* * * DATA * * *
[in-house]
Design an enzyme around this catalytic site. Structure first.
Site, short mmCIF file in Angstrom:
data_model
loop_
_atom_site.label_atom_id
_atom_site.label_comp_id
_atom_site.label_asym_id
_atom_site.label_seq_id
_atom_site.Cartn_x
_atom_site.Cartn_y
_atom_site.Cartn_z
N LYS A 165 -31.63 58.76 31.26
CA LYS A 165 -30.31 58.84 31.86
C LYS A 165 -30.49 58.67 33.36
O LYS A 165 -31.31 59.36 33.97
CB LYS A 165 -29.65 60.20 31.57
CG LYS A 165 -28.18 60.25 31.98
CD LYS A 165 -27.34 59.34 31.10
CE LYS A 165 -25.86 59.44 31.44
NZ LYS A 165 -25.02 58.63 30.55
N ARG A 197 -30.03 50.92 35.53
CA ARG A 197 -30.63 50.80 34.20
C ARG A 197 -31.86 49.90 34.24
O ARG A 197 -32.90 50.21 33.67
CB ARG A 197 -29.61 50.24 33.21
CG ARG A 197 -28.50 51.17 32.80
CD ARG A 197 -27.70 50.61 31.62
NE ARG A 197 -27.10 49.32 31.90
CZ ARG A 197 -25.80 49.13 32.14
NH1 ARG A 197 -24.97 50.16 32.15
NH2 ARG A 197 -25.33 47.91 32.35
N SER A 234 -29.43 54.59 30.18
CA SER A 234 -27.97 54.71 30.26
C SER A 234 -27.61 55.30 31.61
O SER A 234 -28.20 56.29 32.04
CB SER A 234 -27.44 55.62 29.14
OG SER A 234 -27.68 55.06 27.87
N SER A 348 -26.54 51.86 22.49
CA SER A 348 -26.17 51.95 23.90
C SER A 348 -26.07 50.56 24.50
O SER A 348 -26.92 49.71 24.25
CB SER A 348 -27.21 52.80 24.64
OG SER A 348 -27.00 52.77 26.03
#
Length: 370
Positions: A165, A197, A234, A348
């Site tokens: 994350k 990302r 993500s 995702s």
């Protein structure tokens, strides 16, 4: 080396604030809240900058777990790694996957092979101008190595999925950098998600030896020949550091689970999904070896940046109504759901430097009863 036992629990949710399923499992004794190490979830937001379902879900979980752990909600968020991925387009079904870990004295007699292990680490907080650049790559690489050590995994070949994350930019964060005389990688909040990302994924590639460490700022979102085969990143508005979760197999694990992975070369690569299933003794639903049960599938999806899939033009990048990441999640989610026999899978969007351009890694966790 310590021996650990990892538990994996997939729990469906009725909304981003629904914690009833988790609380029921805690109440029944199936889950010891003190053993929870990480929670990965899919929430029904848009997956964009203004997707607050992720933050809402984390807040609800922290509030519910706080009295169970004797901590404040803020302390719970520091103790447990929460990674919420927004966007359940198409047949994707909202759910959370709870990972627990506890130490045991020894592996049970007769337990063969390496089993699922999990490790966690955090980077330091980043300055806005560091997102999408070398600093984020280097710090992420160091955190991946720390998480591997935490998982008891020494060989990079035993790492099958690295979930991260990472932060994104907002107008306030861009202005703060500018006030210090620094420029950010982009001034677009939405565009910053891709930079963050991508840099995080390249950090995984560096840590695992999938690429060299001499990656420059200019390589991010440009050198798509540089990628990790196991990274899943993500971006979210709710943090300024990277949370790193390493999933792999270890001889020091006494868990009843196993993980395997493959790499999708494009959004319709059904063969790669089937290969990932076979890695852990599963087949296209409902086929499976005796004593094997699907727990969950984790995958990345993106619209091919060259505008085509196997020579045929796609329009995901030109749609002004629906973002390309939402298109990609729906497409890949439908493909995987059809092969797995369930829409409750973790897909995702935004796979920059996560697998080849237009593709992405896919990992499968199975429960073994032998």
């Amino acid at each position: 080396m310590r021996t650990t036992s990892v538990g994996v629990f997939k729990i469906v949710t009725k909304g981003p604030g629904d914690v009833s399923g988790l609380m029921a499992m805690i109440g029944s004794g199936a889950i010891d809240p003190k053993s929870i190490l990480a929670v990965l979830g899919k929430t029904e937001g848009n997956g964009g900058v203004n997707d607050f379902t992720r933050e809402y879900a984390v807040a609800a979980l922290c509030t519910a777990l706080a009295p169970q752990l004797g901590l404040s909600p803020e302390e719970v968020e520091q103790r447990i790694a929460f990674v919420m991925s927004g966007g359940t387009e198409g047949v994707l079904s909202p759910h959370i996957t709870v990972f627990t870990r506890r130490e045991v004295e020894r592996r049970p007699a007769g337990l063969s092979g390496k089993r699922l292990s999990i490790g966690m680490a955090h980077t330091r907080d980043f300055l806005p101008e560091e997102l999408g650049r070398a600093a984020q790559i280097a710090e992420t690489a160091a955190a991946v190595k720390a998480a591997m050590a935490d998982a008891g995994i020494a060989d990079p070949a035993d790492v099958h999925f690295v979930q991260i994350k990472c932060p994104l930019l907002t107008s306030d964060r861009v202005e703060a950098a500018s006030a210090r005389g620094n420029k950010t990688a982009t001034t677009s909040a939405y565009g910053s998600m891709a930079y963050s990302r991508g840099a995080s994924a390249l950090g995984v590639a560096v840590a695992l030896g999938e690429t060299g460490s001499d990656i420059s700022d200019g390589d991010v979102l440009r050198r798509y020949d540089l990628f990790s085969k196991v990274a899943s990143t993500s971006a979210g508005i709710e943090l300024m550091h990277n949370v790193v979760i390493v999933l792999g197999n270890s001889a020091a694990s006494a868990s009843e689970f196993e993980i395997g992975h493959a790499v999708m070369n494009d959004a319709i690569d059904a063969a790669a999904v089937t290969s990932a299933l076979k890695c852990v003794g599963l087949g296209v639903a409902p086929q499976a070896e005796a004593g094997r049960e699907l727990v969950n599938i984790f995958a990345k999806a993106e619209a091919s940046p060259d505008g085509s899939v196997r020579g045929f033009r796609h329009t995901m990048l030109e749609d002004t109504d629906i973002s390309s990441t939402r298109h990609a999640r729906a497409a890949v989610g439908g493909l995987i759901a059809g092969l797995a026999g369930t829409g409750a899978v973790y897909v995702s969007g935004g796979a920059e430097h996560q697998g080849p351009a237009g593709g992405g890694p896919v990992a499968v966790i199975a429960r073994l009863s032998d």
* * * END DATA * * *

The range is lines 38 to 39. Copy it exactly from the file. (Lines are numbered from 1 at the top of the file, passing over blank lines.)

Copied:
OG SER A 234 -27.68 55.06 27.87
N SER A 348 -26.54 51.86 22.49